Risk Weights in Regulatory Capital Standards: Is it Necessary to 'Get It Right'?
Networks Financial Institute Working Paper No. 2011-WP-23
39 Pages Posted: 8 Oct 2011
Date Written: October 6, 2011
In recent decades, bank regulators have become increasingly reliant upon quantitative regulatory capital standards as a means of ensuring that banks hold adequate capital. The risk-based capital standards, from the 1988 Accord through the current Basel II standards, have primarily relied upon a building block approach to capital through the use of risk weights assigned to assets and off-balance sheet activities. Despite enhancements to improve the accuracy of risk-based capital standards, they continue to result in unintended consequences as the use of risk weights brings with it errors in the measurement of risk. Given the ongoing efforts by bank regulators to quantitatively assess risk, and correspondingly required capital, this study asks whether it is necessary for regulators to accurately assess risk weights in the risk-based capital standards. The simulation results suggest that, in order to minimize the unintended consequences associated with regulatory capital requirements, it is necessary for regulatory requirements to accurately mimic banks’ internal capital allocation processes.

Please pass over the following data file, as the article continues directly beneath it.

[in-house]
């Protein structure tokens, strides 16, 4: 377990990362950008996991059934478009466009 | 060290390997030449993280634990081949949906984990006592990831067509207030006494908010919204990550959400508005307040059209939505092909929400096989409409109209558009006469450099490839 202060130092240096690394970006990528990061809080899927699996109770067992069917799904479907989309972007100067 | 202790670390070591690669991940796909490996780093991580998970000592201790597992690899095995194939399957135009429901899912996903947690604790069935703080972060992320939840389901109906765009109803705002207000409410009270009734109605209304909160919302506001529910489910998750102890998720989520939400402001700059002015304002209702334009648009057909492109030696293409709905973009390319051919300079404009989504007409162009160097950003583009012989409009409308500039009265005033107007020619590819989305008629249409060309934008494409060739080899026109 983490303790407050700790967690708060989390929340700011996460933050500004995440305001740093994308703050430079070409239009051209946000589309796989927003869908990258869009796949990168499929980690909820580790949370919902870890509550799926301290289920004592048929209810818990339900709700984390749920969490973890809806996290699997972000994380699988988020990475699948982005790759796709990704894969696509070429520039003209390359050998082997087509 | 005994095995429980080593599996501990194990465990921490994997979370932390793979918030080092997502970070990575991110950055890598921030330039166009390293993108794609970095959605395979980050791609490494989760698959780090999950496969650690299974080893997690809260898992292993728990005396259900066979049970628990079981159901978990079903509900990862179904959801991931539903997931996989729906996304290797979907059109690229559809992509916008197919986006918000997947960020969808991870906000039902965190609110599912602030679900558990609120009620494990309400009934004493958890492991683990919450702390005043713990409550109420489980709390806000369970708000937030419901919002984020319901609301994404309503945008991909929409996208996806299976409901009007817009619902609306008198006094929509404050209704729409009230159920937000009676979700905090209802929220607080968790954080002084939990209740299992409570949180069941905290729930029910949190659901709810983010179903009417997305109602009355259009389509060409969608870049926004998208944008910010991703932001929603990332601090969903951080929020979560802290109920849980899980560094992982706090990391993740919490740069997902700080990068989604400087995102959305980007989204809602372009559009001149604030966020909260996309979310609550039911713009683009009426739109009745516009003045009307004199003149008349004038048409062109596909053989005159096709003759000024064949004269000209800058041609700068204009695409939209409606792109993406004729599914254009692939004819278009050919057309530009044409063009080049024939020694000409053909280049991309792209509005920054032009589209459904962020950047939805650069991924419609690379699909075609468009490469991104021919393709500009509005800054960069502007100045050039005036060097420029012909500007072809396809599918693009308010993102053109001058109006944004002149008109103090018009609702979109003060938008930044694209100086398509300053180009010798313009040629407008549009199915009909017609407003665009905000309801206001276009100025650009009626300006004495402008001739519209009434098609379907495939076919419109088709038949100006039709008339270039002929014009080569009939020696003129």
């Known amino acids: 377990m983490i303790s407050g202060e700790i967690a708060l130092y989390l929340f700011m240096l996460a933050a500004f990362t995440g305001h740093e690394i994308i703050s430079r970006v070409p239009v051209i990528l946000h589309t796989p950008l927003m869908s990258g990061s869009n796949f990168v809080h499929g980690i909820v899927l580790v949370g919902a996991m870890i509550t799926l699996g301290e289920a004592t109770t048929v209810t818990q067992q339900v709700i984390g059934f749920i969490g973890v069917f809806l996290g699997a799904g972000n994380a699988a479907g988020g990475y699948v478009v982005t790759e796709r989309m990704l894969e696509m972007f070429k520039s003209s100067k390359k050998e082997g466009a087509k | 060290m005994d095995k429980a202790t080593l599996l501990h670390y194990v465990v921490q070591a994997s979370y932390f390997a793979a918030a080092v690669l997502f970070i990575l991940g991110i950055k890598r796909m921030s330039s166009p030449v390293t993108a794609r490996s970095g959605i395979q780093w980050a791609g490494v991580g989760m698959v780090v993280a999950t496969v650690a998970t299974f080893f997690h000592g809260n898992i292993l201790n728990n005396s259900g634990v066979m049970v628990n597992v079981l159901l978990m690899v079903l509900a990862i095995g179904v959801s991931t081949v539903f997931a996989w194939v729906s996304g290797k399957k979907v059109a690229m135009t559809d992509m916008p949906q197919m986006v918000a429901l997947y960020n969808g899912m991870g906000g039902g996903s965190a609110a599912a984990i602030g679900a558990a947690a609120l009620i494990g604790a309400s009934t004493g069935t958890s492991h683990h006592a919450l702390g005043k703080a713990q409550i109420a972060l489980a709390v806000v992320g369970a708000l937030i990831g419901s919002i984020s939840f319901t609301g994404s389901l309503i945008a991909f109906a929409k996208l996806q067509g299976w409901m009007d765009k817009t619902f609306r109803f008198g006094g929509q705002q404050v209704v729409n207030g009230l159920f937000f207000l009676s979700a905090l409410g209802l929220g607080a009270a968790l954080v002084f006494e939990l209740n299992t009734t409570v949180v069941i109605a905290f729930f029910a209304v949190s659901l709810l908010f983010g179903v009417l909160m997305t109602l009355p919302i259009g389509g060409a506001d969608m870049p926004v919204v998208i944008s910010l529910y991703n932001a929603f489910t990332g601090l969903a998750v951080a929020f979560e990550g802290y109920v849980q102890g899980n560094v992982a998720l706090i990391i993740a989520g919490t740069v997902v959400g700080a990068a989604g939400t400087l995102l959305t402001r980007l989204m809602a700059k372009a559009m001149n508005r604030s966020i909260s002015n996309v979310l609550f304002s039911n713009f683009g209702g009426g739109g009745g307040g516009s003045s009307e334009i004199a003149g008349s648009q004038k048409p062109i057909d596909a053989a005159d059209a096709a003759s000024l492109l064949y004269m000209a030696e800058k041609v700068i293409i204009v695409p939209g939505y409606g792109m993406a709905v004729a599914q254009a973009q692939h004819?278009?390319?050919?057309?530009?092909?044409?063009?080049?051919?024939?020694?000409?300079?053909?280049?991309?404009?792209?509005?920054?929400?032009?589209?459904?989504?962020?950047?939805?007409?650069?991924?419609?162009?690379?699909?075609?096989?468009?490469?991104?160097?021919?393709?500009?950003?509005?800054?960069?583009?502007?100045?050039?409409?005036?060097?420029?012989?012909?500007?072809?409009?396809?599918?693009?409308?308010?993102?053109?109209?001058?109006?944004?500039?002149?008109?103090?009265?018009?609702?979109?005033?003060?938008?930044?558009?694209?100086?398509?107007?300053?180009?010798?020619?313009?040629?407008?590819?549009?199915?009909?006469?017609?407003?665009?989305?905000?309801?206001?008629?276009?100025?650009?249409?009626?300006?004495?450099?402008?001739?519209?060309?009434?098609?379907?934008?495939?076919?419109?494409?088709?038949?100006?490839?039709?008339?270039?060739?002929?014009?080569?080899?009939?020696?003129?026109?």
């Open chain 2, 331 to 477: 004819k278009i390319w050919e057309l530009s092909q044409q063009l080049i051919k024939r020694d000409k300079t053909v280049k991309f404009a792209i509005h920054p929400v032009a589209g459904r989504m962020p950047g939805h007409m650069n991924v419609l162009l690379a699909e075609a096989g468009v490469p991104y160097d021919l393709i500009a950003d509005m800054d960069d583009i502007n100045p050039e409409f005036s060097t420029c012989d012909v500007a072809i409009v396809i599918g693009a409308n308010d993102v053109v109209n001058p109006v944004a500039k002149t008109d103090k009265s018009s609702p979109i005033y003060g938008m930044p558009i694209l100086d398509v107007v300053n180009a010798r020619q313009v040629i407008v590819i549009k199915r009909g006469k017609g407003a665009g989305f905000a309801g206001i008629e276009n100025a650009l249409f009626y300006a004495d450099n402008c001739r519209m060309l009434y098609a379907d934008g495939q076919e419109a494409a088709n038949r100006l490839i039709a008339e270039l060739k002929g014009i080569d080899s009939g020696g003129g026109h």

Keywords: Regulatory Capital, Risk Weighting, Capital Arbitrage
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